Musharraf versus freedom of media

Published September 5, 2009

THIS is apropos of Junaid Yunus's letter, 'Trying Zia and his accomplices' (Aug 20). The writer has lashed out at Zia's anti-democratic policies and praised Musharraf, terming him 'champion' of freedom of the press. This is an unjustified view because Musharraf never promoted the media.

Throughout the chequered history of Pakistan, the media has been ruthlessly attacked, time and again. The vicious military rulers and non-democratic civilian governments have subjugated this vital national institution through draconian laws.

Like the past regimes, Musharraf also endeavoured to keep the media under control. For this, he replaced the revised Press and Publication Ordinance (PPO was imposed by Ayub Khan and revised by the interim government following the death of Gen Zia) in 2002 with a number of new ordinances pertaining to the media. These laws were against the media in content while sounding liberal in form.

Moreover, Musharraf went on to establish the Pakistan Electronic Media Regulatory Authority (Pemra) in the same year as a watchdog to curb freedom of the media in the country.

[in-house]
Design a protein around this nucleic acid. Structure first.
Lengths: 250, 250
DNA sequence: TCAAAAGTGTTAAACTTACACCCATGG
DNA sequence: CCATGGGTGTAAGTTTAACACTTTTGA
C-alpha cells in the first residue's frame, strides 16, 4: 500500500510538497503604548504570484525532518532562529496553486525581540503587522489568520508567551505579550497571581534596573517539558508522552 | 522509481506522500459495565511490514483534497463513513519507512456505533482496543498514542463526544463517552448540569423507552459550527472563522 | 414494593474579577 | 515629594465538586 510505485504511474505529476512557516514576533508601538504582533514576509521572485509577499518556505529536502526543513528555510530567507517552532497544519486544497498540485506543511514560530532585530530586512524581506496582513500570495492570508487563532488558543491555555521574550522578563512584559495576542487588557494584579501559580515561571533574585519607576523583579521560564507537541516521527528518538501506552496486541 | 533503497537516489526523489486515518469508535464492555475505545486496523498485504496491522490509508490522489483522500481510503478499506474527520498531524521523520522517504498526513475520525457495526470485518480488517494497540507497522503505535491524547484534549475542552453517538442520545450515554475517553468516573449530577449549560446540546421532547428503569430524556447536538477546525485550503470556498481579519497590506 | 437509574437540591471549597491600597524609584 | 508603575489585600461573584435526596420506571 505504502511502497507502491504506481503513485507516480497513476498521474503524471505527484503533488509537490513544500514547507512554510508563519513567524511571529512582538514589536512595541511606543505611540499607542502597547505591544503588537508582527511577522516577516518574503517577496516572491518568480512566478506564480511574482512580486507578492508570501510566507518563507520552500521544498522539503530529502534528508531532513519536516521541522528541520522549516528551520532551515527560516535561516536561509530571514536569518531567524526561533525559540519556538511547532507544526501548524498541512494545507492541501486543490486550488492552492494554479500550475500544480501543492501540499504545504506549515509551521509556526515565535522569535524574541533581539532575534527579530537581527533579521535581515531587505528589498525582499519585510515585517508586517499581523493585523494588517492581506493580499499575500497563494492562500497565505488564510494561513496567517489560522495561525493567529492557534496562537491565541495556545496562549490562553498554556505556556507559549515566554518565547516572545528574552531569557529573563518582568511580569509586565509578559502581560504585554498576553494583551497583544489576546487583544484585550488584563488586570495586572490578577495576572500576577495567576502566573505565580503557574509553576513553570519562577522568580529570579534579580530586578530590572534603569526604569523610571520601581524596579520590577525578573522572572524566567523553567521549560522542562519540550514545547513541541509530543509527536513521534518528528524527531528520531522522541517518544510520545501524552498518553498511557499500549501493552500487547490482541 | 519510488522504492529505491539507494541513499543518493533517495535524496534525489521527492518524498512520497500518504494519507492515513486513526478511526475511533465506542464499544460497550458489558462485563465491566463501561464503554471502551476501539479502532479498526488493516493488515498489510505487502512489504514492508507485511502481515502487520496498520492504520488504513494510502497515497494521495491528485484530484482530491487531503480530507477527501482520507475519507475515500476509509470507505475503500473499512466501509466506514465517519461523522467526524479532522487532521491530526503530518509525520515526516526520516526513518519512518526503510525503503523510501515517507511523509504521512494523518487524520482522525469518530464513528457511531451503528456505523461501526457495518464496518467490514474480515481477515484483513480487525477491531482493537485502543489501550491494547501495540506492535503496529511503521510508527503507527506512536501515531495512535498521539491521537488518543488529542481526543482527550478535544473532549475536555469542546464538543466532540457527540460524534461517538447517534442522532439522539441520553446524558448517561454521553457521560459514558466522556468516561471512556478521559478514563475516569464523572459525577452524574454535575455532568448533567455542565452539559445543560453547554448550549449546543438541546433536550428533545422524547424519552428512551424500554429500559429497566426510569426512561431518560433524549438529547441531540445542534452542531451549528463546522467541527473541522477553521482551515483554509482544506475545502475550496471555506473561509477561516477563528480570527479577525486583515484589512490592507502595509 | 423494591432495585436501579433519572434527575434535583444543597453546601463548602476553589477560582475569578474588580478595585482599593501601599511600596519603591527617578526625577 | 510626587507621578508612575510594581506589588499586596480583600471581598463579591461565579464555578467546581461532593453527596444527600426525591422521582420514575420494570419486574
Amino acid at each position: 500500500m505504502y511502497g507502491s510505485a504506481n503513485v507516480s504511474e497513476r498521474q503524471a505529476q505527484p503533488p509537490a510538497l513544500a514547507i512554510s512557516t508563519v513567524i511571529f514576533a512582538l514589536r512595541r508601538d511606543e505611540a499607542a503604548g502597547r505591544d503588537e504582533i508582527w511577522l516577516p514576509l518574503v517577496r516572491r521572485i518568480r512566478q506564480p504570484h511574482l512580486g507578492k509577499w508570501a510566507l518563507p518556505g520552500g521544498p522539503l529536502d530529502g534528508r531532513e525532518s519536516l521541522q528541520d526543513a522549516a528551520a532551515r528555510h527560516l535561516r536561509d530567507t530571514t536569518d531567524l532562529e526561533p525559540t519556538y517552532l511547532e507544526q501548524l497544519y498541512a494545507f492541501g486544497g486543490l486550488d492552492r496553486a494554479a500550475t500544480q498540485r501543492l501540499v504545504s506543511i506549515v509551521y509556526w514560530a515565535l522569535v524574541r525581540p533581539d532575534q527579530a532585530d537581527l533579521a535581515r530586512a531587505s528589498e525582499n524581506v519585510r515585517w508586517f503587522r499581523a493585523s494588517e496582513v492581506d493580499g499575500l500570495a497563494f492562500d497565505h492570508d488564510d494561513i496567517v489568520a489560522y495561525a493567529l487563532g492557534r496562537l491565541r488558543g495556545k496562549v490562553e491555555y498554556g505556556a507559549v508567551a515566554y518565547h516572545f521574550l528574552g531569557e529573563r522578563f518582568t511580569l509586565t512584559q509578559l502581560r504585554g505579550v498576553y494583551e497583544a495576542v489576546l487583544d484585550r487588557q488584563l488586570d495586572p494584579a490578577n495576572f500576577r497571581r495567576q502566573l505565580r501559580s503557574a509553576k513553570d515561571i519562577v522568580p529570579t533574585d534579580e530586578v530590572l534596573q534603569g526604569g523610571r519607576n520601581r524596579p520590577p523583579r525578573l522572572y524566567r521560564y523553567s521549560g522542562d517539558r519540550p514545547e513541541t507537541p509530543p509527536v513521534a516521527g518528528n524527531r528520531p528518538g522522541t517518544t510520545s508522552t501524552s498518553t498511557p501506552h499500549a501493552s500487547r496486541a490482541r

Under the umbrella of regulating TV channels, this state-backed institution served as an instrument to bring the media under state control.

There is no doubt that the media has flourished with the dawn of the present century. Scores of private channels have started operating for the first time in Pakistan. However, this revolutionary change has happened not because of Musharraf, but the 50-year-long struggle for press freedom and evolution taking place in telecommunications.

TV channels telecasting from outside the country could not be curbed despite rigorous attempts by the Musharraf government.

During the darkest days of the Musharrf rule, dozens of offices of private TV channels were attacked, hundreds of reporters were beaten and arrested and their equipment sealed.

According to a recent report, in 2007 Pakistan was ranked 157 out of 167 nations in terms of freedom of the press in the country. These embarrassing figures have, to some extent, improved to 152 under the ongoing democratic setup in the country.

The present democratic dispensation must immediately revisit regressive laws imposed by the Musharraf government against the media. Furthermore, it must allow more media freedom so that the media can play its due role in stabilising Pakistan.

The Media and the nation rise and fall together. A toothless media symbolises a weak state. Let us ensure that the media should play its constitutional role.




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